For the most part the instructions were really clear and straightforward; possibly more so than I expected from one of the big 4. Additionally, by using the best poppers ever rather than buttons, I managed to avoid hours of buttonhole misery and got it from “bit of fabric” to “ready to wear” in about fifteen minutes (not a joke, I was determined I wanted to wear it out to dinner that evening).

What was bad about making this?

There are a lot of pieces and a lot of steps, so there were times when I got a bid bored of this. I also found that the back has a bit more fabric than I’d like. Also, it needs 140cm fabric to fit the skirt pieces which means that it took a while for me to find a fabric that I both liked and wanted to make this dress in.

Would you make it again?

I think so, although I’d sort out the back bodice. It’s had a lot of compliments already and is so easy to throw on it would be silly not to have a second (or third, or fourth…). I think I’ll probably go for something patterned next time though, just because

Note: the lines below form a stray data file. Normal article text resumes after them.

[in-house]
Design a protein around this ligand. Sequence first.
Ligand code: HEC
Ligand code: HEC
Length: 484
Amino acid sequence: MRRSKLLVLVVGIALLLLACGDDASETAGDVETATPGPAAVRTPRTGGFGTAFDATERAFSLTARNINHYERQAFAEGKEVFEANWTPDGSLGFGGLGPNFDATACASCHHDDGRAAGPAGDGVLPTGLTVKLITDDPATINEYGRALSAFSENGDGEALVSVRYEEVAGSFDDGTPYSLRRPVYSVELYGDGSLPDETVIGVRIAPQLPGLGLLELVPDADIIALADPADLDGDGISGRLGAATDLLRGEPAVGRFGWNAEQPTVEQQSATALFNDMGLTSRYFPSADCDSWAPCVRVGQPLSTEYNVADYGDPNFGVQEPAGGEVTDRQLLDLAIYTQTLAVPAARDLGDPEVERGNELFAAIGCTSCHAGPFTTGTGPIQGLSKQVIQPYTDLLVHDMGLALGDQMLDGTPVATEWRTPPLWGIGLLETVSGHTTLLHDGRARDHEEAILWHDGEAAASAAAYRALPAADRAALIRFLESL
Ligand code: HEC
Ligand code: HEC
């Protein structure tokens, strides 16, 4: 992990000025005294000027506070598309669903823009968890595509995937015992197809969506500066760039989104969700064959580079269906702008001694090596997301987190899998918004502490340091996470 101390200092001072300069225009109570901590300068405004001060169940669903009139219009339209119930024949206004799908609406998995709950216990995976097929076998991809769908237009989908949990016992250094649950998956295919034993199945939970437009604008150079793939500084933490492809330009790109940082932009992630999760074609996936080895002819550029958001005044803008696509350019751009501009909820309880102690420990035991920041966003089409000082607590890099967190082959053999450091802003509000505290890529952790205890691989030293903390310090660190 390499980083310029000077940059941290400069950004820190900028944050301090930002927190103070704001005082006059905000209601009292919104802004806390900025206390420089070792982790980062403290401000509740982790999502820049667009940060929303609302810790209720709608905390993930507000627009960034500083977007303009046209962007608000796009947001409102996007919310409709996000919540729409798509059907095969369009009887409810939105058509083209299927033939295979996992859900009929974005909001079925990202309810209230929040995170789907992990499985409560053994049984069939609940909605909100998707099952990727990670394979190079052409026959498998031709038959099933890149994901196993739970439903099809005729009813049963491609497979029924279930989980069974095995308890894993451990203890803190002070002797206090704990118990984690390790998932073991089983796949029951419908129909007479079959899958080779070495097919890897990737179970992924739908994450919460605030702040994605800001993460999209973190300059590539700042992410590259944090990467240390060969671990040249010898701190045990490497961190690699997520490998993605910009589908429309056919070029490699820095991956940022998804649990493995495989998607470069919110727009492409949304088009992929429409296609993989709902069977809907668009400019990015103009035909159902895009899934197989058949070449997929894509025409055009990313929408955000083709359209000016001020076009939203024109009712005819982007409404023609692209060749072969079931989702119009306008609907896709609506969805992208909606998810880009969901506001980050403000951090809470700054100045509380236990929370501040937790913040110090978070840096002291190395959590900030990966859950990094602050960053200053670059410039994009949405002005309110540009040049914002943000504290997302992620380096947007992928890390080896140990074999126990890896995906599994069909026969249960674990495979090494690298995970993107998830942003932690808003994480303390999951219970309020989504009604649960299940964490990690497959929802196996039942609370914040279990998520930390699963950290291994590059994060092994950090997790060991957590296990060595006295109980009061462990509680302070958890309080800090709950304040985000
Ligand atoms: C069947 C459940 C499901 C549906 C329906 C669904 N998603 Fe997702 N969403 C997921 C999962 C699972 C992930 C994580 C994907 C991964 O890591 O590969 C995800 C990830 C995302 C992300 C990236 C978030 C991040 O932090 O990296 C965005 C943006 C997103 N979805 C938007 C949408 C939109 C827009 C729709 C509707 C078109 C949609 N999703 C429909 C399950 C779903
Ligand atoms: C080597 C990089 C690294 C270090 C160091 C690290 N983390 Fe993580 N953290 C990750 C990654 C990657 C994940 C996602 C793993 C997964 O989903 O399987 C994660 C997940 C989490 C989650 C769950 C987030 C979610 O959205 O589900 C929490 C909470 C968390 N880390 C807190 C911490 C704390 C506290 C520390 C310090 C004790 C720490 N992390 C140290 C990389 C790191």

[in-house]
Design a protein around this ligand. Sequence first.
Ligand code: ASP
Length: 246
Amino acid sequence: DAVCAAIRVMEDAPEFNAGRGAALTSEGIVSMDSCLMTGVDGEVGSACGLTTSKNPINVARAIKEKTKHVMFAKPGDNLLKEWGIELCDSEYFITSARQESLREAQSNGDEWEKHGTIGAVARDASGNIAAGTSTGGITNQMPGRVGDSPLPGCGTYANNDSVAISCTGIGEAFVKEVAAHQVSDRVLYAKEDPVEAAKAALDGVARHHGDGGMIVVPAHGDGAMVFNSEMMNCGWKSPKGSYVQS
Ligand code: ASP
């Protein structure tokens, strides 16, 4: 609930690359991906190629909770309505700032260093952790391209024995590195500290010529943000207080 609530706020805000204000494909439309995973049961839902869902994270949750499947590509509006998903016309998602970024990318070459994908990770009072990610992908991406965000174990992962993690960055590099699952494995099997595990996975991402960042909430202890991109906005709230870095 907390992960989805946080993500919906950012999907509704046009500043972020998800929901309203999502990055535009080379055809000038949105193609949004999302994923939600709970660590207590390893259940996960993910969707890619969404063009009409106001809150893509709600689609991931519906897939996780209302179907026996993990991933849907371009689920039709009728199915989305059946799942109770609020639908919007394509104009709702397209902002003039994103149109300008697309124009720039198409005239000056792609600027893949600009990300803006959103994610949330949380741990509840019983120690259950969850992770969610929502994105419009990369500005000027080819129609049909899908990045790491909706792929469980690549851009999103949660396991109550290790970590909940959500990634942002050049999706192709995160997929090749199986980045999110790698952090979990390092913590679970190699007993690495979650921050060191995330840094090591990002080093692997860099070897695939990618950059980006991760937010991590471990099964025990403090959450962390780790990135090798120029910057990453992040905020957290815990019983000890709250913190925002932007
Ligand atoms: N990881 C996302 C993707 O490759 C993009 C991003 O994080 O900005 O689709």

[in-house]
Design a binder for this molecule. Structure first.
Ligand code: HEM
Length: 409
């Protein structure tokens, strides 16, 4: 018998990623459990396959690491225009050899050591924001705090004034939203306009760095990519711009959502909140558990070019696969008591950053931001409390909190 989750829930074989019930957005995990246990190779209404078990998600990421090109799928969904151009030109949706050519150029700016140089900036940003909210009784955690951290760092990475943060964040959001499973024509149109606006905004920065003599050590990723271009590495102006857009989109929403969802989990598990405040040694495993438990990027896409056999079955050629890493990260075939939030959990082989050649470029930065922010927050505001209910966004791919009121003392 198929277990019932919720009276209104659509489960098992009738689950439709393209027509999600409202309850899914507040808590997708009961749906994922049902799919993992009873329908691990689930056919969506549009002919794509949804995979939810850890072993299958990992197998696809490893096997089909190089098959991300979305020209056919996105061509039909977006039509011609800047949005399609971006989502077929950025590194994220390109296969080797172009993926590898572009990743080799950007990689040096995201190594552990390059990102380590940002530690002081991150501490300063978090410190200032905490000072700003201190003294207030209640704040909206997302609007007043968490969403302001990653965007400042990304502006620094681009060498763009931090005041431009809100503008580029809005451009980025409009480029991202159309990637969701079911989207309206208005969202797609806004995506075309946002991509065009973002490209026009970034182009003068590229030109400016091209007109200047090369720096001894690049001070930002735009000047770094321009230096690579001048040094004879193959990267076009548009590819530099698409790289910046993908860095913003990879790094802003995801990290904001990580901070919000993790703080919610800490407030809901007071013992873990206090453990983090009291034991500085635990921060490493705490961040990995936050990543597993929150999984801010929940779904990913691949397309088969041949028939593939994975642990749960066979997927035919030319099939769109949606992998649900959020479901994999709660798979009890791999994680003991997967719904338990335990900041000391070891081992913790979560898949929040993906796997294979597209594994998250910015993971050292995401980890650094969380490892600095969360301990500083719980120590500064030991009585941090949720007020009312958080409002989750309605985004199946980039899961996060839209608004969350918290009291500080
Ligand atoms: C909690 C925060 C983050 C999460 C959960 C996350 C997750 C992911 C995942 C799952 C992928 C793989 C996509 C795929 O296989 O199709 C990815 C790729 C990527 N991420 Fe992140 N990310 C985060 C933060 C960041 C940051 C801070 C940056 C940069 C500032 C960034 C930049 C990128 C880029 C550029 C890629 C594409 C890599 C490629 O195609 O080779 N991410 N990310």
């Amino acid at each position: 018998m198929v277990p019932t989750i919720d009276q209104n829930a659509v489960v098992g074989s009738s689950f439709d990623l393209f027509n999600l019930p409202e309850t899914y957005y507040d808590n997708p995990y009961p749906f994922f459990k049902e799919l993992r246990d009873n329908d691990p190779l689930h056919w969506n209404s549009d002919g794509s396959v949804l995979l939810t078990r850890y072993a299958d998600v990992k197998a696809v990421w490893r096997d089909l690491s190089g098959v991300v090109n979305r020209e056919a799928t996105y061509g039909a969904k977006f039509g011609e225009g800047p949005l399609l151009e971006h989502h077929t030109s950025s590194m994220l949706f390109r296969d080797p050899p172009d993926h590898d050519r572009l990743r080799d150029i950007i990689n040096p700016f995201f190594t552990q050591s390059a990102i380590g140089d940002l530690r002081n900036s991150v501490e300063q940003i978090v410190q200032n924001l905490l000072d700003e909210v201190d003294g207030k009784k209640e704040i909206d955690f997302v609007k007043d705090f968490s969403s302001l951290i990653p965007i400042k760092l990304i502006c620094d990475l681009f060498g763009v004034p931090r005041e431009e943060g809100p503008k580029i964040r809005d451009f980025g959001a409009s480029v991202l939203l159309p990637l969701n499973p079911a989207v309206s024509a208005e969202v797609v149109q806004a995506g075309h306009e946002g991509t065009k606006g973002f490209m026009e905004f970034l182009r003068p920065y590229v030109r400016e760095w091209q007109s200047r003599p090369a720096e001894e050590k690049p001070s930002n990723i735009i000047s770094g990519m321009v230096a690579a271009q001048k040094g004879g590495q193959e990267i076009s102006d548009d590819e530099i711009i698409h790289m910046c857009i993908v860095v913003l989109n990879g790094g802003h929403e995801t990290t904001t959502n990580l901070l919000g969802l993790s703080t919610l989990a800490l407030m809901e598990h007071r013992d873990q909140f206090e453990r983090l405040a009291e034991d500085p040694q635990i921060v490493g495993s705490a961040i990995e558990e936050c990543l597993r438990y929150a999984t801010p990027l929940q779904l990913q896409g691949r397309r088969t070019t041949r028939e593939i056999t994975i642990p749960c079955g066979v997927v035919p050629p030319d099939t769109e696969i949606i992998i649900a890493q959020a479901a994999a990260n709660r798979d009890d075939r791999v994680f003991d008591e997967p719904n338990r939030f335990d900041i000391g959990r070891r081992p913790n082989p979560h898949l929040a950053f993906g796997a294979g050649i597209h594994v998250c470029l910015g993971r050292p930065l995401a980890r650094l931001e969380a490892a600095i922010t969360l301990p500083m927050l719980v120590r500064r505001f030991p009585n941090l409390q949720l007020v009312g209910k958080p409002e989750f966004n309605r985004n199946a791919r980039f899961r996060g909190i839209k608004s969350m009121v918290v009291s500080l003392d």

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Heart print dress

IMG_5980Remember that I mentioned when I made the floral dress that I had already made another one? Well here it is!

What is it?

A sleeveless shift dress with a pleated skirt.

Is it blue?

No

What’s the fabric and where is it from?

The fabric is a lightweight cotton that I bought from a shop in Walthamstow

What’s the pattern?

Gather Patterns Mortmain dress in the sleeveless variation

What was good about making this?

Much like when I made the floral version, this dress is so straightforward and comes together so swiftly. The detailing on the exposed zip is great and the fit is pretty much perfect for me.

What was bad about making this?

I really don’t like the facing. It was a bit of a pain on the floral one, but this time it’s even worse. In between making this and writing it up I’ve been experimenting with both bias binding for finishing and with teeny rolled hems on necklines, so would consider either of those two in the future.

Would you make it again?

Yes. I’ve got a gorgeous piece of Nani Iro fabric I bought in Japan last year that I’ve been saving and this dress is just the right amount of material combined with a pretty perfect fit. Added to that having a wedding in a few months’ time, it would be a shame not to make it again. I’ll definitely change the facing though as I couldn’t bear to have ugly facings with a fabric this beautiful!